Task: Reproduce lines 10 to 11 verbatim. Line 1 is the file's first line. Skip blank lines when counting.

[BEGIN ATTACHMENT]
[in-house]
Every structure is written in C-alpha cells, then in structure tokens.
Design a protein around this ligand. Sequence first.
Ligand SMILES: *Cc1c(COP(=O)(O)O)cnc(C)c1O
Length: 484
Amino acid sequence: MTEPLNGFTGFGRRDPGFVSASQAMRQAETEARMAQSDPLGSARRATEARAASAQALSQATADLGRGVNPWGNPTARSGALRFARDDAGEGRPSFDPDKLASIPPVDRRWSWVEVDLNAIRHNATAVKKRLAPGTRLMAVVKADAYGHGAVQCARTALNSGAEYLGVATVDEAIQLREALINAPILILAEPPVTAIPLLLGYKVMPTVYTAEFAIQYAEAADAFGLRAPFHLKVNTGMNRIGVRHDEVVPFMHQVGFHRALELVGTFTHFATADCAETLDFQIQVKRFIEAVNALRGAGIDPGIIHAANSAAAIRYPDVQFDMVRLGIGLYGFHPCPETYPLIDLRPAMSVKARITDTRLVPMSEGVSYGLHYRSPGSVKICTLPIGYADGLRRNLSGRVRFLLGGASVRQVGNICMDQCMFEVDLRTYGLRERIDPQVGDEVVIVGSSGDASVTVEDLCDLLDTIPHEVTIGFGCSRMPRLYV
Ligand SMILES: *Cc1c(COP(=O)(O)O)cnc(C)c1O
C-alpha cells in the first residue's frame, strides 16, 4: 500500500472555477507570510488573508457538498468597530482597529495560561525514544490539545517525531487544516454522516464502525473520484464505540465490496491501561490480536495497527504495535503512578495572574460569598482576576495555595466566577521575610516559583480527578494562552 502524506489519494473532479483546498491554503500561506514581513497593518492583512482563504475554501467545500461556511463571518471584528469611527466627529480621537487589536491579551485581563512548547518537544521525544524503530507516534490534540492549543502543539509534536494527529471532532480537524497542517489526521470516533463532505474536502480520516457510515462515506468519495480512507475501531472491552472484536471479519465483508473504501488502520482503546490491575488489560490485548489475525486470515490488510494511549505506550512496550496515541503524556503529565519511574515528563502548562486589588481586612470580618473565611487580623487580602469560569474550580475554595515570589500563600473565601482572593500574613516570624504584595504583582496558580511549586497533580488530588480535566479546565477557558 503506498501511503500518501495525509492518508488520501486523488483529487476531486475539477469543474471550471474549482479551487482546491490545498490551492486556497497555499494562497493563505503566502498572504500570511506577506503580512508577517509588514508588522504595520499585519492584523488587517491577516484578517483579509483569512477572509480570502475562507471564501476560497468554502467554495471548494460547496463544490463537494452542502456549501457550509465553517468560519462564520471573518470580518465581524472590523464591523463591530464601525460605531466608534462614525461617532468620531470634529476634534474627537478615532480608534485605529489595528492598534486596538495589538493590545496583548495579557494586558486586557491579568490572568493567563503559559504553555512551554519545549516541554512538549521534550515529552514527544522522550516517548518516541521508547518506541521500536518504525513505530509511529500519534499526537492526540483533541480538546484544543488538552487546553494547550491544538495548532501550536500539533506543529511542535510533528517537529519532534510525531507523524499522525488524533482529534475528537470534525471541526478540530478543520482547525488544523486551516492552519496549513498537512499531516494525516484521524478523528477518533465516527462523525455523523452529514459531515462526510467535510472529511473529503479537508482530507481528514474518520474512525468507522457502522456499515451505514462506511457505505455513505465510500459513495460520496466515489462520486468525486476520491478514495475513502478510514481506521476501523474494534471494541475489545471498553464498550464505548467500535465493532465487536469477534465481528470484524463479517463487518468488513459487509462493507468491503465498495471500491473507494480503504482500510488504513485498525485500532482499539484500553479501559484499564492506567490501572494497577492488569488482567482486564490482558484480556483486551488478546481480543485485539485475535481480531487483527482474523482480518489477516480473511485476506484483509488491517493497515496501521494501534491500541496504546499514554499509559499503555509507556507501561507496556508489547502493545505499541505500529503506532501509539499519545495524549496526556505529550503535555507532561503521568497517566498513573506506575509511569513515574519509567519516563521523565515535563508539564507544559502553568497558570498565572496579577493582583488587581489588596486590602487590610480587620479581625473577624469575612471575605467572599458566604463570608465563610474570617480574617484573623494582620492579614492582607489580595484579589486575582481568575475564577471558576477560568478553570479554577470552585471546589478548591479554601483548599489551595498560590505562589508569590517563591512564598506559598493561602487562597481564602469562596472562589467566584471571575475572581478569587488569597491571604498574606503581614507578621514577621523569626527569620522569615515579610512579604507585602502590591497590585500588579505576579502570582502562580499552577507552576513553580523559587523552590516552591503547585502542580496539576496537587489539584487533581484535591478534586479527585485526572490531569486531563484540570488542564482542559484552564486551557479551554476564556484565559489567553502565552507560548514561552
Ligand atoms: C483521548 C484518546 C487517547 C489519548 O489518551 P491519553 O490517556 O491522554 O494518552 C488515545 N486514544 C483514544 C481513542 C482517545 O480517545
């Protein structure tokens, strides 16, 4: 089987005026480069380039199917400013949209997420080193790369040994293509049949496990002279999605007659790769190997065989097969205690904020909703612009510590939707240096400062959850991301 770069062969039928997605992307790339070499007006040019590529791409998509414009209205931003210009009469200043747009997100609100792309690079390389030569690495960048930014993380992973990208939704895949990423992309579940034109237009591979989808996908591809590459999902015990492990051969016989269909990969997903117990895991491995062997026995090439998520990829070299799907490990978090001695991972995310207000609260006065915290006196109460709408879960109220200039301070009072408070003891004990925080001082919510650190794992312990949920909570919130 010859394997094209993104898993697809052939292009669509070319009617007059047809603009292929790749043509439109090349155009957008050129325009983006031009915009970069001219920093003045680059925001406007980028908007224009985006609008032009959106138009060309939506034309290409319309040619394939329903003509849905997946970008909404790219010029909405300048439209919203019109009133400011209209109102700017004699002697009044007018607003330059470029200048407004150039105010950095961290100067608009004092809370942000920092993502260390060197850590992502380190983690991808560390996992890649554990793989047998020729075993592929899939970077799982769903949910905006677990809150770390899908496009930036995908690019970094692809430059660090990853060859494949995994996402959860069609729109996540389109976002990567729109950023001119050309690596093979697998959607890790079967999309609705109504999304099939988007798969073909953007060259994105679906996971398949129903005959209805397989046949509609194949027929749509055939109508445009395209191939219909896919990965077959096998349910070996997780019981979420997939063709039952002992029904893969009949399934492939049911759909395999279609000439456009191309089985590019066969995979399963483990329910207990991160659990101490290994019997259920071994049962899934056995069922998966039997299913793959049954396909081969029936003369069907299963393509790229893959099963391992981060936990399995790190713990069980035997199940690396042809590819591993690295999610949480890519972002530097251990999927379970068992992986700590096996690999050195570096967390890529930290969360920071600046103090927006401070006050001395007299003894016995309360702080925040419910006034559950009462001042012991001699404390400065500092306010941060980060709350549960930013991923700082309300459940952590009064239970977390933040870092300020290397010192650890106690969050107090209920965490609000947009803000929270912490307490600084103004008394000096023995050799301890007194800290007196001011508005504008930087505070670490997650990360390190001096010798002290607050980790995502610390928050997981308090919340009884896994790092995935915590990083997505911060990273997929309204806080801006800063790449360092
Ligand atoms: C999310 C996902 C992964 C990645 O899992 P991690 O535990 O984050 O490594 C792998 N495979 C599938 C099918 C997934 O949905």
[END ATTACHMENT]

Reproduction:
């Protein structure tokens, strides 16, 4: 089987005026480069380039199917400013949209997420080193790369040994293509049949496990002279999605007659790769190997065989097969205690904020909703612009510590939707240096400062959850991301 770069062969039928997605992307790339070499007006040019590529791409998509414009209205931003210009009469200043747009997100609100792309690079390389030569690495960048930014993380992973990208939704895949990423992309579940034109237009591979989808996908591809590459999902015990492990051969016989269909990969997903117990895991491995062997026995090439998520990829070299799907490990978090001695991972995310207000609260006065915290006196109460709408879960109220200039301070009072408070003891004990925080001082919510650190794992312990949920909570919130 010859394997094209993104898993697809052939292009669509070319009617007059047809603009292929790749043509439109090349155009957008050129325009983006031009915009970069001219920093003045680059925001406007980028908007224009985006609008032009959106138009060309939506034309290409319309040619394939329903003509849905997946970008909404790219010029909405300048439209919203019109009133400011209209109102700017004699002697009044007018607003330059470029200048407004150039105010950095961290100067608009004092809370942000920092993502260390060197850590992502380190983690991808560390996992890649554990793989047998020729075993592929899939970077799982769903949910905006677990809150770390899908496009930036995908690019970094692809430059660090990853060859494949995994996402959860069609729109996540389109976002990567729109950023001119050309690596093979697998959607890790079967999309609705109504999304099939988007798969073909953007060259994105679906996971398949129903005959209805397989046949509609194949027929749509055939109508445009395209191939219909896919990965077959096998349910070996997780019981979420997939063709039952002992029904893969009949399934492939049911759909395999279609000439456009191309089985590019066969995979399963483990329910207990991160659990101490290994019997259920071994049962899934056995069922998966039997299913793959049954396909081969029936003369069907299963393509790229893959099963391992981060936990399995790190713990069980035997199940690396042809590819591993690295999610949480890519972002530097251990999927379970068992992986700590096996690999050195570096967390890529930290969360920071600046103090927006401070006050001395007299003894016995309360702080925040419910006034559950009462001042012991001699404390400065500092306010941060980060709350549960930013991923700082309300459940952590009064239970977390933040870092300020290397010192650890106690969050107090209920965490609000947009803000929270912490307490600084103004008394000096023995050799301890007194800290007196001011508005504008930087505070670490997650990360390190001096010798002290607050980790995502610390928050997981308090919340009884896994790092995935915590990083997505911060990273997929309204806080801006800063790449360092
Ligand atoms: C999310 C996902 C992964 C990645 O899992 P991690 O535990 O984050 O490594 C792998 N495979 C599938 C099918 C997934 O949905």